When to use control banding
According to the Canadian Centre for Occupational Health and Safety, a good way to decide if control banding is the proper method for you is to think about these five factors:
From a scale of 1 to 4, how toxic is the chemical or material you’re working with or the task you’re performing?
Ease of exposure
Are you easily exposed to toxic materials, gases, smoke, and dust? And what kinds of materials/chemicals or processes increase or decrease exposure?
Duration of exposure
How long are you exposed to this material or chemical? How long does this task take to complete where you have to be exposed to this material or chemical? If you are dealing with a highly toxic chemical or process, how can you reduce the duration of exposure and still successfully carry out your task?
Quantity of product
This relates to the control measure of substitution or reduction. Can you perform your task with a less toxic chemical or material, can you reduce the amount to reduce your exposure and risk, and can you reduce the amount of time working with this material and still complete the task successfully to achieve the desired result?
Type of work/process
Are there any steps in your experiment that are more dangerous than others? Does it involve grinding materials or transferring chemicals from one place to another, mixing chemicals? Did you perform a job hazard analysis and did you identify hazardous tasks or practices? You can apply a control band and assign a risk rating to remind lab workers of serious dangers as they are working and when to apply extreme caution. Depending on the level of severity, who has adequate training to perform this task safely?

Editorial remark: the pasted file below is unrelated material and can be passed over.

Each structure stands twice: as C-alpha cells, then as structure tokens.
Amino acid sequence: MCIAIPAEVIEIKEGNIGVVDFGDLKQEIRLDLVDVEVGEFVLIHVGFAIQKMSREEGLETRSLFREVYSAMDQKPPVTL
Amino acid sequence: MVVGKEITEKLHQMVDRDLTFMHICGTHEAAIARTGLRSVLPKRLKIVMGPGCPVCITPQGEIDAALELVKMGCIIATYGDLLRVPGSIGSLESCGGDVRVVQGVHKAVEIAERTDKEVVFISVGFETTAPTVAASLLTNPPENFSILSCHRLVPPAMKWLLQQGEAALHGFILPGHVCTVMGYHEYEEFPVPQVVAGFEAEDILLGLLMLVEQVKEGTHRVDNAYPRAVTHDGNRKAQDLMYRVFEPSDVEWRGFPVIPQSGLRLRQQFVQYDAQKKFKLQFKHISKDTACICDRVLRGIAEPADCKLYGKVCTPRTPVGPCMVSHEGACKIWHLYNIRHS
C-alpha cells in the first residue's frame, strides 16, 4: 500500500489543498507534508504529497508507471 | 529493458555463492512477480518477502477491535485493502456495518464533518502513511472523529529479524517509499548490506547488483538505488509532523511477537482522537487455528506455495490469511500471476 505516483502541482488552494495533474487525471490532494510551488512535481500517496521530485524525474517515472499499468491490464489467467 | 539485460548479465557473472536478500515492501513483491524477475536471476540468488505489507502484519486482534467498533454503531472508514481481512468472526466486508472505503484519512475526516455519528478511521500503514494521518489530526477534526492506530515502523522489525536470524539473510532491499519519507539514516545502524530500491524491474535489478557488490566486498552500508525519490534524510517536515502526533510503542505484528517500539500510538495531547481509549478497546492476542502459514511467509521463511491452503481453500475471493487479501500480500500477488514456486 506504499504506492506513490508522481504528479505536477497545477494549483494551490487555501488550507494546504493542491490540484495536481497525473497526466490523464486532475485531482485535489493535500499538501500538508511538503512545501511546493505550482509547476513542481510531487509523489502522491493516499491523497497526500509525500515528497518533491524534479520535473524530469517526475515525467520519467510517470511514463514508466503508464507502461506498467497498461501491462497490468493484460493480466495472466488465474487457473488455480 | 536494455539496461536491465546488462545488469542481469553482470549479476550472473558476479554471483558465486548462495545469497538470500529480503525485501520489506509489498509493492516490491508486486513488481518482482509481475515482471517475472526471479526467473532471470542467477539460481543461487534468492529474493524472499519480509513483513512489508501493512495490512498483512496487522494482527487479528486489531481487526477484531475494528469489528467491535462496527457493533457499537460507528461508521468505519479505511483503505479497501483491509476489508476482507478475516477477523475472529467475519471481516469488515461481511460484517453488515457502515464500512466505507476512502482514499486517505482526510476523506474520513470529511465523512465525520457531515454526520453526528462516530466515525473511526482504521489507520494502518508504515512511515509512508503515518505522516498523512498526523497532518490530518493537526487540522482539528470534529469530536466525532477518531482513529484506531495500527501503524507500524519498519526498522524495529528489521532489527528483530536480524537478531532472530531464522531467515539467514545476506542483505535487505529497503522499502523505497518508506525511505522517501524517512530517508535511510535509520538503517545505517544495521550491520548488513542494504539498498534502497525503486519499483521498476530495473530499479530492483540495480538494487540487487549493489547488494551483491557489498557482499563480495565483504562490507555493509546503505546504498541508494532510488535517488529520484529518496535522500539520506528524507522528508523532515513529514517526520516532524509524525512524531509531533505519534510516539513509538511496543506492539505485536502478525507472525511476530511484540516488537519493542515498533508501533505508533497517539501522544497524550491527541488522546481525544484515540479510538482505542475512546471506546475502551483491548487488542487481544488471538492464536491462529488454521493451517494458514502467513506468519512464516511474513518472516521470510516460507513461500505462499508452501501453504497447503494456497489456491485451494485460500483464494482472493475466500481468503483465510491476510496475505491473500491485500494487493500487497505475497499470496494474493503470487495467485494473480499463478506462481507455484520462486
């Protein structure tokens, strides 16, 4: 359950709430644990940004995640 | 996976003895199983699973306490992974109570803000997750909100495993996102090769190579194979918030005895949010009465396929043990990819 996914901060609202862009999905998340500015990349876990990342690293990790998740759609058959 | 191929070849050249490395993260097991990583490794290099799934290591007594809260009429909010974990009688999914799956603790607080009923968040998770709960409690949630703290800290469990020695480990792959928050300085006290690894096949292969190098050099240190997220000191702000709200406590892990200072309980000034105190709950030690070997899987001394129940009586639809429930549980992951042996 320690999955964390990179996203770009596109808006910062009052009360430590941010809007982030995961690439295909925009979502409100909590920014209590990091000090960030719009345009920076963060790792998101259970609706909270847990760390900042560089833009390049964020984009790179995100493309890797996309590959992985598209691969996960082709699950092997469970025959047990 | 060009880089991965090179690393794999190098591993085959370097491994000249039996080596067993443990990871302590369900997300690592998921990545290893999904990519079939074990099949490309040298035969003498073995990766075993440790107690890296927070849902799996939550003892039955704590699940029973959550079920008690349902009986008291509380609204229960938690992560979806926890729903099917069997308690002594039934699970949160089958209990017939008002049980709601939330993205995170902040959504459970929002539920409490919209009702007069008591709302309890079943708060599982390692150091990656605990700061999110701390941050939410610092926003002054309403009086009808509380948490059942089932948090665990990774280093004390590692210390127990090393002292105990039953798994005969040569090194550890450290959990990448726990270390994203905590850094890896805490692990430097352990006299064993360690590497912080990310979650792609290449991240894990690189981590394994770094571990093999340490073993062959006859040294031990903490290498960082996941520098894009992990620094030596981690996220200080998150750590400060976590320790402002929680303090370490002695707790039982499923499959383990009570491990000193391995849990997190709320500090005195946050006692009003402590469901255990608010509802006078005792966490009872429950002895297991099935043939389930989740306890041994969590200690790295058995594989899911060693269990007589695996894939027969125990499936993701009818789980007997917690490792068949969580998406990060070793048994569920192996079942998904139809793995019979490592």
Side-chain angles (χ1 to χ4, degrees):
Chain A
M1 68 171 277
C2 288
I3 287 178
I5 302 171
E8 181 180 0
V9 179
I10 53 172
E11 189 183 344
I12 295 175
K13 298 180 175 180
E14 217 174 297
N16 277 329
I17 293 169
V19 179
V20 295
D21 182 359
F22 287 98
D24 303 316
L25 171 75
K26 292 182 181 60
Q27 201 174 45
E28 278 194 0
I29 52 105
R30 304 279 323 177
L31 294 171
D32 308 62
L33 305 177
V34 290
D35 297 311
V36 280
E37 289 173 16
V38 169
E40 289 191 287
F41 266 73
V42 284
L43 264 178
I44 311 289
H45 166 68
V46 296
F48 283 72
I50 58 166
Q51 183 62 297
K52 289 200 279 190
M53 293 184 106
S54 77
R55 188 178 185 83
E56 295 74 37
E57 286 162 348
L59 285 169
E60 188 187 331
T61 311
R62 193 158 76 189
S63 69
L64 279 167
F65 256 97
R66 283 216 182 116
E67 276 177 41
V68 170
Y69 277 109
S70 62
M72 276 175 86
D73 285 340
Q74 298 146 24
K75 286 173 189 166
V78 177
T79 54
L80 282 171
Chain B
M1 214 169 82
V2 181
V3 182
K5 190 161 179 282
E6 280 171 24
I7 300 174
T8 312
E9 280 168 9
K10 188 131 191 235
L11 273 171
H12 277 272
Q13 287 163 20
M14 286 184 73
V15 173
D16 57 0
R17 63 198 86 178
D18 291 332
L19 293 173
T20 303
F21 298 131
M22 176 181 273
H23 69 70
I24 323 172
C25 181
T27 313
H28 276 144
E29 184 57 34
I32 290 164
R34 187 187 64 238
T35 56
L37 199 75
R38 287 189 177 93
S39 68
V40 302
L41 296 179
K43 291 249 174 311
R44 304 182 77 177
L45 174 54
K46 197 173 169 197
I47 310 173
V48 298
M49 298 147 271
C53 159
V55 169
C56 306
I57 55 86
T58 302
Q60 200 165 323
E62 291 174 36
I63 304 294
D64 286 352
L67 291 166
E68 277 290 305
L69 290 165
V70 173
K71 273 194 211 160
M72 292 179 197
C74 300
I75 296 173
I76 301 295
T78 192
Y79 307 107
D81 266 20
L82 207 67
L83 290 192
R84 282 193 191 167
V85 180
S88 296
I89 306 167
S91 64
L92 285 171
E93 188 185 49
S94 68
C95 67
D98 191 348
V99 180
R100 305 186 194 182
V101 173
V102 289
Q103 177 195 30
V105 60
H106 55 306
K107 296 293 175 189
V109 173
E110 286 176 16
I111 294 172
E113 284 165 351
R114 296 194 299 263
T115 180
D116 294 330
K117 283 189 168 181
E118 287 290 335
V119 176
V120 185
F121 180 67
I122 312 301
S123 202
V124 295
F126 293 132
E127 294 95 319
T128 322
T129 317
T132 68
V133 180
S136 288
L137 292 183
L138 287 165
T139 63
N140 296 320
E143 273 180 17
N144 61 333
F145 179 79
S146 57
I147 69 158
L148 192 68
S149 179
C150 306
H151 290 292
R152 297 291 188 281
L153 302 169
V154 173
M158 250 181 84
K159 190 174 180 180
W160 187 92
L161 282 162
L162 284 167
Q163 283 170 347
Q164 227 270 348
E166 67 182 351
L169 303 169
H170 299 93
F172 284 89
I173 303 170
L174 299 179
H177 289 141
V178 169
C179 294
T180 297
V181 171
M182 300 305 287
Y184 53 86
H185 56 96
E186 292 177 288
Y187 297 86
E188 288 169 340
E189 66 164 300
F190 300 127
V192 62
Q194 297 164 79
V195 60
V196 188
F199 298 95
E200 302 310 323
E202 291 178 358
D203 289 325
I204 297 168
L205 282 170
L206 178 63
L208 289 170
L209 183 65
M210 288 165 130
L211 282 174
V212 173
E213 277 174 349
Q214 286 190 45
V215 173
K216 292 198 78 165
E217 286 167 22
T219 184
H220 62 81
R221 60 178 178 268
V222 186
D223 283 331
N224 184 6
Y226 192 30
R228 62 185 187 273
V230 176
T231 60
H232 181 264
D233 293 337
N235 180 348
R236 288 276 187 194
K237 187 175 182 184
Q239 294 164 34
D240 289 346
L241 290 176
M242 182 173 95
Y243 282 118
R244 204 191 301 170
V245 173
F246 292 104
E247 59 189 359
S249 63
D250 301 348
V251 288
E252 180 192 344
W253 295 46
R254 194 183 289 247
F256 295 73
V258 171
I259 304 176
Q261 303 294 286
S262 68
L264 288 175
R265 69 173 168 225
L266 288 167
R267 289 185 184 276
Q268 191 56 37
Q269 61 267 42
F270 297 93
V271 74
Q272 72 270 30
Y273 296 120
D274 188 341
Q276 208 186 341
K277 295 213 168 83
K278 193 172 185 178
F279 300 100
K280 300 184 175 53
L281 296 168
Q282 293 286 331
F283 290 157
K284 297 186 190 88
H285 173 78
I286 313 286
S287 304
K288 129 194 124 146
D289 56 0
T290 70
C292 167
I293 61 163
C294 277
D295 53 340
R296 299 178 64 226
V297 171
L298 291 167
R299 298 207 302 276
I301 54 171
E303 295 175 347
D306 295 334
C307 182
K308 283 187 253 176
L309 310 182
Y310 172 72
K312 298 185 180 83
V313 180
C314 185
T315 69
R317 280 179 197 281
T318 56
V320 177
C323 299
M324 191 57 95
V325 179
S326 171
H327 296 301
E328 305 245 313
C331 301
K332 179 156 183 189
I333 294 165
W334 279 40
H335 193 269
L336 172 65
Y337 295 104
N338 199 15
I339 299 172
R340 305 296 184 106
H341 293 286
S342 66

Limitations: The risk rating and application of control bands to certain types of chemicals, materials, tasks and processes is based on the experience level of the person assigning them.
The perception of a threat varies from person-to-person and is also based on a level of experience. Well experienced lab workers may underestimate certain risks.
While you were scoping, you probably selected control banding because
- You are working with highly dangerous materials, chemicals or processes
- You have several complicated processes going on in your lab but regardless of the process you want to provide a universal system to ensure everyone understands the level of danger associated with a material, chemical or process.
- Apply chemical safety levels of 1-4 (least exposure/dangerous/toxic, most exposure/dangerous/toxic)
- Assigning risk levels helps to identify the intensity of the response to the hazard